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The story behind Wall Street support for Grand Old Party

You would think the barons of Wall Street would be giving a stiff arm to Republican Party solicitations for campaign funds after the way the Grand Old Party has been talking about them the last two years.

In their time of greatest need, the traditional party of the moneyed classes turned on its benefactors, denouncing bank bailouts and insisting that General Motors, Chrysler and AIG be allowed to fail. It looked like the party of J.P. Morgan and his ilk had morphed into a rowdy band of pitch-fork populists.

Yet the financial services companies gave 55 percent of $18.5 million in donations to Republicans in the first half of 2010, according to the Center for Responsive Politics. In the same period last year, they gave 65 percent of their donations to Democrats.



Why would they do this? Are they even more cynical than we suspect, or do they just have better BS detectors than the rest of us?

They are probably more cynical than we suspect, and they certainly have better BS detectors. The Wall Street boys know that what a congressman or senator says before a bank of microphones is basically just playing to the semi-informed masses. What really matters is the crafting of details in legislation behind closed doors, and the final vote on key provisions late at night. And Wall Street always pays up for services rendered.




Some of Wall Street’s largess for the GOP is probably nostalgia for the Bush Administration, where the Justice Department seemed to forget we have antitrust laws on the books and the Securities and Exchange Commission abdicated its responsibility to regulate the financial services industry.

To be sure, Bush made the mistake of appointing William Donaldson chairman of SEC, who promptly cracked down on some of the bigger abuses on Wall Street. But after the likes of the Business Roundtable and U.S. Chamber of Commerce complained enough, Bush replaced him with Christopher Cox, an industry sock puppet if ever there was one.

But as they are wont to say at the intersection of Broad and Wall in lower Manhattan, what have you done for me lately? Plenty, thanks in part to the GOP’s willingness to force a filibuster in the Senate if it doesn’t get its way.

The Republicans fought hard to weaken the consumer finance reform bill, particularly the parts that require lenders to state in clear terms what a loan will actually cost you, and, in the case of credit cards, the consequences of carrying a balance every month. The legislation even forces credit card companies to give you a reasonable amount of time to pay the bill after you get your statement.

Sen. Richard Shelby, the ranking Republican on the Senate Finance Committee who led the pitch fork brigade when the bailouts were being enacted two years ago, said the provisions will restrict the availability of credit to many Americans. What he really meant is that financial institutions won’t be able to charge low-income borrowers interest rates that loan sharks can only dream about.

But the GOP was able to get an exemption from the new loan rules for one of Rep. John Boehner’s biggest contributors, the auto dealers. Dealers are still free to make the financing process as confusing as they like, and to steer you into a high interest loan that will generate a bigger commission for the dealer. Think of your auto dealer as the new mortgage broker.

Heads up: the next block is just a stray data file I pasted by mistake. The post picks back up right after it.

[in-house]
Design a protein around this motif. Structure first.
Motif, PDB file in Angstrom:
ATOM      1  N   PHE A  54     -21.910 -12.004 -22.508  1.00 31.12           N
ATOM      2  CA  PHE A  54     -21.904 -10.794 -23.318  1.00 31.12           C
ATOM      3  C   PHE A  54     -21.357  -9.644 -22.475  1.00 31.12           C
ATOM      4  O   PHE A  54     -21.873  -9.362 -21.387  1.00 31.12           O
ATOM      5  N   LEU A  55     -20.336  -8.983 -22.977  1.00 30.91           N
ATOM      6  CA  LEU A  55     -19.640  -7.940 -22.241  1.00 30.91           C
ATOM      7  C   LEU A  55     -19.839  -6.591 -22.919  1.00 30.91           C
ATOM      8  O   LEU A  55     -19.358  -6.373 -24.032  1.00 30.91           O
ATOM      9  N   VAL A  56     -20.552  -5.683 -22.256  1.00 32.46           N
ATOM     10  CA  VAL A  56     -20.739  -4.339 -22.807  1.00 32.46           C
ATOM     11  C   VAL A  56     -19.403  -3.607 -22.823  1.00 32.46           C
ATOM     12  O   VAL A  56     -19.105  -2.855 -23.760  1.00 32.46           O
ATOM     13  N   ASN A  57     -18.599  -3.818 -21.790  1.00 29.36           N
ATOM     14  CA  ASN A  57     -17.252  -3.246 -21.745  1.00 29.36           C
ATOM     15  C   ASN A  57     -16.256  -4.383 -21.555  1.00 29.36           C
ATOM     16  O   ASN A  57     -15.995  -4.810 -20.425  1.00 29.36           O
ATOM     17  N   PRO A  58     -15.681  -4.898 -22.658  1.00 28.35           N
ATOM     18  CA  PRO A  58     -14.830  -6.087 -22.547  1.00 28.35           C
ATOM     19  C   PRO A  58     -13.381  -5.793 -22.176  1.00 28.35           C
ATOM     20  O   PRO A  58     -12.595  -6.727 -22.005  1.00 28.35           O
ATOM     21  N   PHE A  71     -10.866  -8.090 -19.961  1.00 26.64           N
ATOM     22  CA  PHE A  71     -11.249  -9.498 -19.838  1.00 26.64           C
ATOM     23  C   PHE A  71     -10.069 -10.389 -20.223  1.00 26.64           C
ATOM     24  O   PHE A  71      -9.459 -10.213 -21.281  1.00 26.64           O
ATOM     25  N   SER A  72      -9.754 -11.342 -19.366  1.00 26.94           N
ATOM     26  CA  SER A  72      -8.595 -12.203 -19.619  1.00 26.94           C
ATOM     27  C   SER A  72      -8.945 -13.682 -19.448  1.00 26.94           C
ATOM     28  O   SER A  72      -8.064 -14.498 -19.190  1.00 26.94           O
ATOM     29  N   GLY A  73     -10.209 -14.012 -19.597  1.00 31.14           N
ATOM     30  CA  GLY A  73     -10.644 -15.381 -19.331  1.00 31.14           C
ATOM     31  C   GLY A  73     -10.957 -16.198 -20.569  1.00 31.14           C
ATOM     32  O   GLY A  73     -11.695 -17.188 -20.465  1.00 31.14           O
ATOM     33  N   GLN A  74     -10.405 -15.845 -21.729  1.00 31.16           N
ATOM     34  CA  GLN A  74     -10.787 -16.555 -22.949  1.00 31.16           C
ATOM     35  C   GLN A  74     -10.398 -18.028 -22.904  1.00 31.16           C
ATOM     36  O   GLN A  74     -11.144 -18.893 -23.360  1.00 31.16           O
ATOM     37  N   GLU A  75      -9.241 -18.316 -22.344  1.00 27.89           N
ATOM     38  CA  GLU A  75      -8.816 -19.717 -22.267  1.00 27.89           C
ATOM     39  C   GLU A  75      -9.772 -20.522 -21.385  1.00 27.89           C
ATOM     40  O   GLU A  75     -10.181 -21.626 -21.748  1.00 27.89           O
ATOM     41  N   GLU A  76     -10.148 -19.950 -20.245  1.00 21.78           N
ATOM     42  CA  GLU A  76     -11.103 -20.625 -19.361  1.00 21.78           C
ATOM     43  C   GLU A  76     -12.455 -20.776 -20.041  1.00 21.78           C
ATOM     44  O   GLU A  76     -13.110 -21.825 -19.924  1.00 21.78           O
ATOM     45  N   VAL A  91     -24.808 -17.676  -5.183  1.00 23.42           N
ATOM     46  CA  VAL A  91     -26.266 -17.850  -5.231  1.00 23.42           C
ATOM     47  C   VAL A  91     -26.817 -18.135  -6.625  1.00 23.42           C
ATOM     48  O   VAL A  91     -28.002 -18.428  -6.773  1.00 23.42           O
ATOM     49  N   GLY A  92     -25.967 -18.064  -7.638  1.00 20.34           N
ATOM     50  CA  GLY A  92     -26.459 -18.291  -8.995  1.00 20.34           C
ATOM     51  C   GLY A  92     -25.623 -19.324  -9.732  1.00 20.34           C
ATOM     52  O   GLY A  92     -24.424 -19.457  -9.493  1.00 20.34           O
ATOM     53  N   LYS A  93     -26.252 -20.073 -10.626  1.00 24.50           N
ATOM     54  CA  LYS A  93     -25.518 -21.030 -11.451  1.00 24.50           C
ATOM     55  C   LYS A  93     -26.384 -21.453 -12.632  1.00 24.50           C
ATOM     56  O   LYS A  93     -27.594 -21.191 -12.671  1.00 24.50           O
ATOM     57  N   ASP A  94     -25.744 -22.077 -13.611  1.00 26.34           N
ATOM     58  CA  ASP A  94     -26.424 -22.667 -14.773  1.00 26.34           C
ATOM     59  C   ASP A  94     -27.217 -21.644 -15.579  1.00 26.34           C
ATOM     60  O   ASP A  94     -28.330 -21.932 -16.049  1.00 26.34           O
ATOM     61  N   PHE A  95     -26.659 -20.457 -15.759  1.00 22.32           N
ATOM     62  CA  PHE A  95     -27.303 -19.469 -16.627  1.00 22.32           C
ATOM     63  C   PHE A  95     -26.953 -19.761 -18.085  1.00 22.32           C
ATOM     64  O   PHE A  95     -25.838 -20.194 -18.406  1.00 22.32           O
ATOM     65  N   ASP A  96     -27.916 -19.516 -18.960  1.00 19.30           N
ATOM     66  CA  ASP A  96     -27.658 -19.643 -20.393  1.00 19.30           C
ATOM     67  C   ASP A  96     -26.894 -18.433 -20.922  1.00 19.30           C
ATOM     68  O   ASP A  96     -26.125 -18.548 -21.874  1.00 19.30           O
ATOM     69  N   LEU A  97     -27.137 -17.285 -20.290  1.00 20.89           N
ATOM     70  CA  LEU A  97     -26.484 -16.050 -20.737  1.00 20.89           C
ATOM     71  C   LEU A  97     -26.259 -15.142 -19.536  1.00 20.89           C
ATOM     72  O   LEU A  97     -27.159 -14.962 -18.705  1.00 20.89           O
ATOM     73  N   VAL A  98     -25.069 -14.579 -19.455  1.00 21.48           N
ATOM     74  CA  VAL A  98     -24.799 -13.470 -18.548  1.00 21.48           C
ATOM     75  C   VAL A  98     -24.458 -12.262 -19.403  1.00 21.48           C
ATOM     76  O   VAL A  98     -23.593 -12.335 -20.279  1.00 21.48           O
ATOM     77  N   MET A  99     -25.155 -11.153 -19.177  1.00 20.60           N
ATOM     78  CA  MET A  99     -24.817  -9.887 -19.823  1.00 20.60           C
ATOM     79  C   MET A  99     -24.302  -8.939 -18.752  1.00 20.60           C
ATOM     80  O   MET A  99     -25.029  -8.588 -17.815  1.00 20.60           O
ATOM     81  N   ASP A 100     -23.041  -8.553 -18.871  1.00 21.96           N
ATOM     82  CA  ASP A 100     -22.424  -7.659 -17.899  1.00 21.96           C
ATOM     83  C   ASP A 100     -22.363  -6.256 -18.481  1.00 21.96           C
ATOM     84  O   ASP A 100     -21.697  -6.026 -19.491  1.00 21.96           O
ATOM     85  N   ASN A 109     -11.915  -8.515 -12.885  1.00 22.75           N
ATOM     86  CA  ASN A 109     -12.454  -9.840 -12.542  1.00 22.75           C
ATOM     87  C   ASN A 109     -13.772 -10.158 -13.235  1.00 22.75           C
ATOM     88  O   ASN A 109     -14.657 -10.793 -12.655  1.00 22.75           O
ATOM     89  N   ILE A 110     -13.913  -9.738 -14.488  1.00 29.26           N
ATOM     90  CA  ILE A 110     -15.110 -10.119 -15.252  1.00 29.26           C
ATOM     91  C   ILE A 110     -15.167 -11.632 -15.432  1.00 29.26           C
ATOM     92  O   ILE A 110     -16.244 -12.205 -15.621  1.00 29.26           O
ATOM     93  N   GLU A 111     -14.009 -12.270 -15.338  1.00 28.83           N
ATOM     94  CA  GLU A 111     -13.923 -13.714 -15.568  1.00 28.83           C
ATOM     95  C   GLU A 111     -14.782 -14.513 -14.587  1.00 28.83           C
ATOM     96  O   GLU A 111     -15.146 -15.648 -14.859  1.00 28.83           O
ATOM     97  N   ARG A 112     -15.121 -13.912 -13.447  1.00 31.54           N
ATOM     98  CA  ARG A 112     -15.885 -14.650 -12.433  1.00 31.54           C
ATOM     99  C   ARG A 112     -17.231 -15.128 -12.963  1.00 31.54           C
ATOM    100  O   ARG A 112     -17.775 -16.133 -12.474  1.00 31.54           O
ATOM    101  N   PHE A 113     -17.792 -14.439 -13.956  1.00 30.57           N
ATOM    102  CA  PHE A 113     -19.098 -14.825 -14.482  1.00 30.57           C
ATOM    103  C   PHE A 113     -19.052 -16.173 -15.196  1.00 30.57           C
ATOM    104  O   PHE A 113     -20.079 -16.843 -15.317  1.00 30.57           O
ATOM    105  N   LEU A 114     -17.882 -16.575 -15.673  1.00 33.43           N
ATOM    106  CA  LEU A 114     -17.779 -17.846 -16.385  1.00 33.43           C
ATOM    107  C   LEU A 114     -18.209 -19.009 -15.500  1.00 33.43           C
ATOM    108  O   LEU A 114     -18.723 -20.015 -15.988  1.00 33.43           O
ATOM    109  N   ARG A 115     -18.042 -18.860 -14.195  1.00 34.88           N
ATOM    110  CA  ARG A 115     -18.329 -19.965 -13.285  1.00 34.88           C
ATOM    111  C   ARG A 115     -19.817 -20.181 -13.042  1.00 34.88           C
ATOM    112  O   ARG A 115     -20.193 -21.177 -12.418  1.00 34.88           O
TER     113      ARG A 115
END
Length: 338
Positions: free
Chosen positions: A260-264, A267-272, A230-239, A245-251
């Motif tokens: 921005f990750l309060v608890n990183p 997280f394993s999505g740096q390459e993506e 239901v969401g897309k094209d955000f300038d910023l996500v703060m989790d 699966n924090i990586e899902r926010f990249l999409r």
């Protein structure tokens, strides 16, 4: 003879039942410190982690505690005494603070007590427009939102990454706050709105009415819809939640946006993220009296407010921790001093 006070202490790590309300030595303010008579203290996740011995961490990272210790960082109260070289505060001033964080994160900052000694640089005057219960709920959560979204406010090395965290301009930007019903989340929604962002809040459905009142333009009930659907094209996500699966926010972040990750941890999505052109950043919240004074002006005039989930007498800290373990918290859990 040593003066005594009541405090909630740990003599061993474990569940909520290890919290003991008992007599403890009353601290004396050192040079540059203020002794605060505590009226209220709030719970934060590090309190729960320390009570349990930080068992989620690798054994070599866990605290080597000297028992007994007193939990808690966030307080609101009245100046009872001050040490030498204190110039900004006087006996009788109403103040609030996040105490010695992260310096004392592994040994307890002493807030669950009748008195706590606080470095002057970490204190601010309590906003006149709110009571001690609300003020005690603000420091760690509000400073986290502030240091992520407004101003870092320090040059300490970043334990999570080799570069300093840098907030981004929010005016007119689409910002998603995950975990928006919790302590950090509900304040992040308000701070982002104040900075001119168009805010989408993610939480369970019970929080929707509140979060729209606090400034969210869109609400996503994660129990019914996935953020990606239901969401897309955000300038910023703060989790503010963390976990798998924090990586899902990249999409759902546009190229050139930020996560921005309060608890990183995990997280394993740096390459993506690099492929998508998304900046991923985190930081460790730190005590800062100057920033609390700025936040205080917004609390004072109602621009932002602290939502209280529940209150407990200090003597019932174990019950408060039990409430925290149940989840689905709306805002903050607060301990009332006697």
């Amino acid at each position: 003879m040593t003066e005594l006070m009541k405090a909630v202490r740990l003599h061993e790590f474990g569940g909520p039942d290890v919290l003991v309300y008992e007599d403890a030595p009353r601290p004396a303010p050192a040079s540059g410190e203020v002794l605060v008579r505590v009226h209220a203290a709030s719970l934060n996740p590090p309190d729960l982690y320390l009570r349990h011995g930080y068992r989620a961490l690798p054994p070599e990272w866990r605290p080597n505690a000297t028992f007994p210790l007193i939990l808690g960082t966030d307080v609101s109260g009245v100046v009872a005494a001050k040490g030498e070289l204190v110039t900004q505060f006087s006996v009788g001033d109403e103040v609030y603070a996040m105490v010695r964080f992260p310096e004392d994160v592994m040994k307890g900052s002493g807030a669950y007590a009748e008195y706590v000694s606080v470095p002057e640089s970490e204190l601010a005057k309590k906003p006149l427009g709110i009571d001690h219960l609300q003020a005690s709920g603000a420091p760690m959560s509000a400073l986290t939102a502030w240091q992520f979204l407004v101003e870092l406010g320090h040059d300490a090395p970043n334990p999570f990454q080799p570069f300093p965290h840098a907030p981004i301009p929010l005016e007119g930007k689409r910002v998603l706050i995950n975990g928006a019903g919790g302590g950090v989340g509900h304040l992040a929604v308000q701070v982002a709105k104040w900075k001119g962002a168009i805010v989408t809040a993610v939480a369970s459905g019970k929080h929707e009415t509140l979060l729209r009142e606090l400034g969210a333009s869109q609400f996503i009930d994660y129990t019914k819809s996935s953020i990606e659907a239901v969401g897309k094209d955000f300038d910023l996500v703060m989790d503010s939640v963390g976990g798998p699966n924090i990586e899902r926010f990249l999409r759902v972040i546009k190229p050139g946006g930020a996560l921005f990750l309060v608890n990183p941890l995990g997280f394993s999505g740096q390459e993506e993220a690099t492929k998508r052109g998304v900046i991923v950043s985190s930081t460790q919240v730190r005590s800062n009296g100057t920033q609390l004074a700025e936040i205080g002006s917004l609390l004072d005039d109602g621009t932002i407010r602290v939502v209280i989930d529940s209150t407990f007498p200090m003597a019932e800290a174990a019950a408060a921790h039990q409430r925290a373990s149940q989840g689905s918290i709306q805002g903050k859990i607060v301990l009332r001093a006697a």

They’ve continued their 20-year assault on the blue collar middle class by blocking rules that would make it easier for workers to unionize, and they did their best to stop the latest extension of unemployment benefits. If we are to believe some Republicans, the jobless numbers remain high because many people are leading the good life on their unemployment insurance.

The Republicans are also digging in their heels against the Obama administration proposal to let the income tax rate for the wealthiest Americans – those making over $250,000 a year – rise from 35 percent to 39.6 percent. (Of course, nobody who’s rich actually pays those rates. According to the IRS, the 100 largest income earners in 2007 paid an average income tax of 17 percent.)

The GOP argues raising the taxes of the rich discourages investment and job creation. They don’t bother to mention that the tax cuts did little to stimulate job growth when they were enacted in 2001, and that the wealthy get most of their income from dividends and interest, not from putting money to work. And as Warren Buffet likes to point out, the Bush tax cuts gave him an effective tax rate that is lower than his secretary’s.

Little has been said by Republicans about what they will do if they get control of one or both houses of Congress, but here are two things you can count on: Cut-off funding for the health care legislation – bad news for the 40 million Americans who lack health insurance – and an attempt to privatize at least some of your Social Security contributions.

We know how well privatization would have worked in the last three years if Bush had got his way on the issue. Being Republicans, you can bet the money will have to be funneled into mutual funds or other investment vehicles that will charge you high fees for vanilla investment advice.

There’s been a lot of talk about how Republicans are now on the side of the little guy, the prudent Americans who resent the bailout of the imprudent, and how the malefactors of wealth are going to be punished. But Wall Street knows better.

George Boardman, a resident of Lake of the Pines, owns stock in one of the beneficiaries of the bank bailout.


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